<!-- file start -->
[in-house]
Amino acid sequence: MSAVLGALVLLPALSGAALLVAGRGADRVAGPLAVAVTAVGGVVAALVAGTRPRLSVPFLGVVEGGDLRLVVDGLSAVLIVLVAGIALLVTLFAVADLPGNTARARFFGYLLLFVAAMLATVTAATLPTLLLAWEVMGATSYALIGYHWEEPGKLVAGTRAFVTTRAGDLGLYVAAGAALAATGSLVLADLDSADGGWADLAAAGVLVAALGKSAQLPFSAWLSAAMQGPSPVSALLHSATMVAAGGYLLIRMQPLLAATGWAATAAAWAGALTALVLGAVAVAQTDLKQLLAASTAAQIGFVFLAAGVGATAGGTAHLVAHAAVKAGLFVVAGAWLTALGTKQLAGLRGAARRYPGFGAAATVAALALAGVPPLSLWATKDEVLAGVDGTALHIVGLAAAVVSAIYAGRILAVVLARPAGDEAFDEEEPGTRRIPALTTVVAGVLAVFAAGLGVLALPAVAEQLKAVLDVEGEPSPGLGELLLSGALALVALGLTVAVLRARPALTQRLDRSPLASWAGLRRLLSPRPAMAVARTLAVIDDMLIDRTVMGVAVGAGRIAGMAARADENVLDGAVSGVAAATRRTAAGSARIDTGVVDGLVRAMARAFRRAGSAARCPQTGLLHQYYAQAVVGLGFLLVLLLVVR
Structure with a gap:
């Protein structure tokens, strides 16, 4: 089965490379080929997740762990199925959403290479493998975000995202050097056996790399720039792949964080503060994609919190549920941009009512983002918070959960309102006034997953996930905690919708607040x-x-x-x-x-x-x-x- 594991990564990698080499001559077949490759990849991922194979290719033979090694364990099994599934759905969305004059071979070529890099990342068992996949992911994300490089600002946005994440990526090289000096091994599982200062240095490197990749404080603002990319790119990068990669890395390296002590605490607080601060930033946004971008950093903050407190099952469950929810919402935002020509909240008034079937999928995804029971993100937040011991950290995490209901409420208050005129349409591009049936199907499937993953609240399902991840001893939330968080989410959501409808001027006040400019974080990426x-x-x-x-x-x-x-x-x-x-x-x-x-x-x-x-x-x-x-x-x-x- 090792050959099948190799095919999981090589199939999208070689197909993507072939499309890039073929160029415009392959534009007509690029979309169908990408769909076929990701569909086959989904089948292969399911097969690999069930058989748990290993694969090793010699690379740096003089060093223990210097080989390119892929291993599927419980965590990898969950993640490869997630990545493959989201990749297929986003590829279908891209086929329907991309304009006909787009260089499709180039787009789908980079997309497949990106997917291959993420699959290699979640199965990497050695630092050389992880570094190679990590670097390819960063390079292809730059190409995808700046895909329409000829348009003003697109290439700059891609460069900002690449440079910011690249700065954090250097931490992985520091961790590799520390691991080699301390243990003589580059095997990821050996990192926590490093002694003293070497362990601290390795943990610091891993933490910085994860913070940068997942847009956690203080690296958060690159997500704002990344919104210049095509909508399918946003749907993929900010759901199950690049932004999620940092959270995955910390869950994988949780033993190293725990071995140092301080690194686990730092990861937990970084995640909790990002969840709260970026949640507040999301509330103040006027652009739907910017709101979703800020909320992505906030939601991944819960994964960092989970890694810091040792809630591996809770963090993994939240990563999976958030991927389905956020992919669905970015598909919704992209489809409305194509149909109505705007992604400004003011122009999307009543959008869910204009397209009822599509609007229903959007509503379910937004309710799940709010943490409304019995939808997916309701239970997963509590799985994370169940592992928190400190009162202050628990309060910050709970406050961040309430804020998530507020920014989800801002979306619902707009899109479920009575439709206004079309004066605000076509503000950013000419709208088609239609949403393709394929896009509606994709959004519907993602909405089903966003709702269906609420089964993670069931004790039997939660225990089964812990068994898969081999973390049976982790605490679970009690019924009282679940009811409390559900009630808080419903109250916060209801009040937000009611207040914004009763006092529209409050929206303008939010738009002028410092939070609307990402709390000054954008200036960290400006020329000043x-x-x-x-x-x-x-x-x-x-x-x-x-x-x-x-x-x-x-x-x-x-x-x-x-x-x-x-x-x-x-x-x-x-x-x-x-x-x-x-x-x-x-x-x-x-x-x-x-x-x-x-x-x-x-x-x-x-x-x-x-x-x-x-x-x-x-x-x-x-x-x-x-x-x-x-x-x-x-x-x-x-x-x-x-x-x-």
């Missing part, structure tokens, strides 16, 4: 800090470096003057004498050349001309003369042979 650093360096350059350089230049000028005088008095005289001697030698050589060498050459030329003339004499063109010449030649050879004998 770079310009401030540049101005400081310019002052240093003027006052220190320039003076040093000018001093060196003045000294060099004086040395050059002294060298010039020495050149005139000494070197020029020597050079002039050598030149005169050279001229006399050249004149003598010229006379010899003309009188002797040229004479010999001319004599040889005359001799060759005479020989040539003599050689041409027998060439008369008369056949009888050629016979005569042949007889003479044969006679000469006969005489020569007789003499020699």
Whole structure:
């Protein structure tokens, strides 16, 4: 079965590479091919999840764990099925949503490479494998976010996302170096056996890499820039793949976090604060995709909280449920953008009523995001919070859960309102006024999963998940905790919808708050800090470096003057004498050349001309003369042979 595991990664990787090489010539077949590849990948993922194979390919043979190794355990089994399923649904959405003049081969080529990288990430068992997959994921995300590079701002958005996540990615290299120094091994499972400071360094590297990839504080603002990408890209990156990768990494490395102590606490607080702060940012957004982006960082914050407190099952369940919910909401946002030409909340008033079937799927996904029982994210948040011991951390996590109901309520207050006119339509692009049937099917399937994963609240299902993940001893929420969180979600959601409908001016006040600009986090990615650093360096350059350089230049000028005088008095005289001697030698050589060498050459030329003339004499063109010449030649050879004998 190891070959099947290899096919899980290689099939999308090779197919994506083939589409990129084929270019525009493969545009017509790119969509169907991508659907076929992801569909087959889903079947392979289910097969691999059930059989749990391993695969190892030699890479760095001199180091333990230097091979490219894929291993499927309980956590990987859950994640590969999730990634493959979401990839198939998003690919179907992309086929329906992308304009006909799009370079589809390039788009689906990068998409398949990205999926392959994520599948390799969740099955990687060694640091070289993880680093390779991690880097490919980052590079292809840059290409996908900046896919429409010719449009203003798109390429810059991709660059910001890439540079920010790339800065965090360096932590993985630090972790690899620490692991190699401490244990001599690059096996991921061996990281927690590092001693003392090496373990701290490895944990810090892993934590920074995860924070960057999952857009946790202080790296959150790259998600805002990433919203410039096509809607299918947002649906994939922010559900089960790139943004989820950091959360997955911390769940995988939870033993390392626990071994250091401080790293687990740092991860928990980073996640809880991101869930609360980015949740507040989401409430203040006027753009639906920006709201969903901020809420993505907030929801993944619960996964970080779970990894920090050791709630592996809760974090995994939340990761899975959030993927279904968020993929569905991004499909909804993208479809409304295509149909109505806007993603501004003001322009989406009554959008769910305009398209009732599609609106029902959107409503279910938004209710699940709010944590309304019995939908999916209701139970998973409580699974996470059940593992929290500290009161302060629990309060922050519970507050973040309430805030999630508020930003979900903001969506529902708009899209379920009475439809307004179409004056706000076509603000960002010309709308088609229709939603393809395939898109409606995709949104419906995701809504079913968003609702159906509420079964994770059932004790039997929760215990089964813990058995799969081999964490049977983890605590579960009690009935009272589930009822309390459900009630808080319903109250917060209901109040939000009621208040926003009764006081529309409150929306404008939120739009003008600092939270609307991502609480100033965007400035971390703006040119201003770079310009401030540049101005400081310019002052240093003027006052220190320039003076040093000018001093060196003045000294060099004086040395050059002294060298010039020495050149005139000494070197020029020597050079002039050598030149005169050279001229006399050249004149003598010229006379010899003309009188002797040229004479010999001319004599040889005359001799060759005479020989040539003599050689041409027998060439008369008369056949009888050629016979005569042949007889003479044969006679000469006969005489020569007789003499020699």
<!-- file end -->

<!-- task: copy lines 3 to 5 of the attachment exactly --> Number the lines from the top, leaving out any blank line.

Structure with a gap:
């Protein structure tokens, strides 16, 4: 089965490379080929997740762990199925959403290479493998975000995202050097056996790399720039792949964080503060994609919190549920941009009512983002918070959960309102006034997953996930905690919708607040x-x-x-x-x-x-x-x- 594991990564990698080499001559077949490759990849991922194979290719033979090694364990099994599934759905969305004059071979070529890099990342068992996949992911994300490089600002946005994440990526090289000096091994599982200062240095490197990749404080603002990319790119990068990669890395390296002590605490607080601060930033946004971008950093903050407190099952469950929810919402935002020509909240008034079937999928995804029971993100937040011991950290995490209901409420208050005129349409591009049936199907499937993953609240399902991840001893939330968080989410959501409808001027006040400019974080990426x-x-x-x-x-x-x-x-x-x-x-x-x-x-x-x-x-x-x-x-x-x- 090792050959099948190799095919999981090589199939999208070689197909993507072939499309890039073929160029415009392959534009007509690029979309169908990408769909076929990701569909086959989904089948292969399911097969690999069930058989748990290993694969090793010699690379740096003089060093223990210097080989390119892929291993599927419980965590990898969950993640490869997630990545493959989201990749297929986003590829279908891209086929329907991309304009006909787009260089499709180039787009789908980079997309497949990106997917291959993420699959290699979640199965990497050695630092050389992880570094190679990590670097390819960063390079292809730059190409995808700046895909329409000829348009003003697109290439700059891609460069900002690449440079910011690249700065954090250097931490992985520091961790590799520390691991080699301390243990003589580059095997990821050996990192926590490093002694003293070497362990601290390795943990610091891993933490910085994860913070940068997942847009956690203080690296958060690159997500704002990344919104210049095509909508399918946003749907993929900010759901199950690049932004999620940092959270995955910390869950994988949780033993190293725990071995140092301080690194686990730092990861937990970084995640909790990002969840709260970026949640507040999301509330103040006027652009739907910017709101979703800020909320992505906030939601991944819960994964960092989970890694810091040792809630591996809770963090993994939240990563999976958030991927389905956020992919669905970015598909919704992209489809409305194509149909109505705007992604400004003011122009999307009543959008869910204009397209009822599509609007229903959007509503379910937004309710799940709010943490409304019995939808997916309701239970997963509590799985994370169940592992928190400190009162202050628990309060910050709970406050961040309430804020998530507020920014989800801002979306619902707009899109479920009575439709206004079309004066605000076509503000950013000419709208088609239609949403393709394929896009509606994709959004519907993602909405089903966003709702269906609420089964993670069931004790039997939660225990089964812990068994898969081999973390049976982790605490679970009690019924009282679940009811409390559900009630808080419903109250916060209801009040937000009611207040914004009763006092529209409050929206303008939010738009002028410092939070609307990402709390000054954008200036960290400006020329000043x-x-x-x-x-x-x-x-x-x-x-x-x-x-x-x-x-x-x-x-x-x-x-x-x-x-x-x-x-x-x-x-x-x-x-x-x-x-x-x-x-x-x-x-x-x-x-x-x-x-x-x-x-x-x-x-x-x-x-x-x-x-x-x-x-x-x-x-x-x-x-x-x-x-x-x-x-x-x-x-x-x-x-x-x-x-x-």
């Missing part, structure tokens, strides 16, 4: 800090470096003057004498050349001309003369042979 650093360096350059350089230049000028005088008095005289001697030698050589060498050459030329003339004499063109010449030649050879004998 770079310009401030540049101005400081310019002052240093003027006052220190320039003076040093000018001093060196003045000294060099004086040395050059002294060298010039020495050149005139000494070197020029020597050079002039050598030149005169050279001229006399050249004149003598010229006379010899003309009188002797040229004479010999001319004599040889005359001799060759005479020989040539003599050689041409027998060439008369008369056949009888050629016979005569042949007889003479044969006679000469006969005489020569007789003499020699």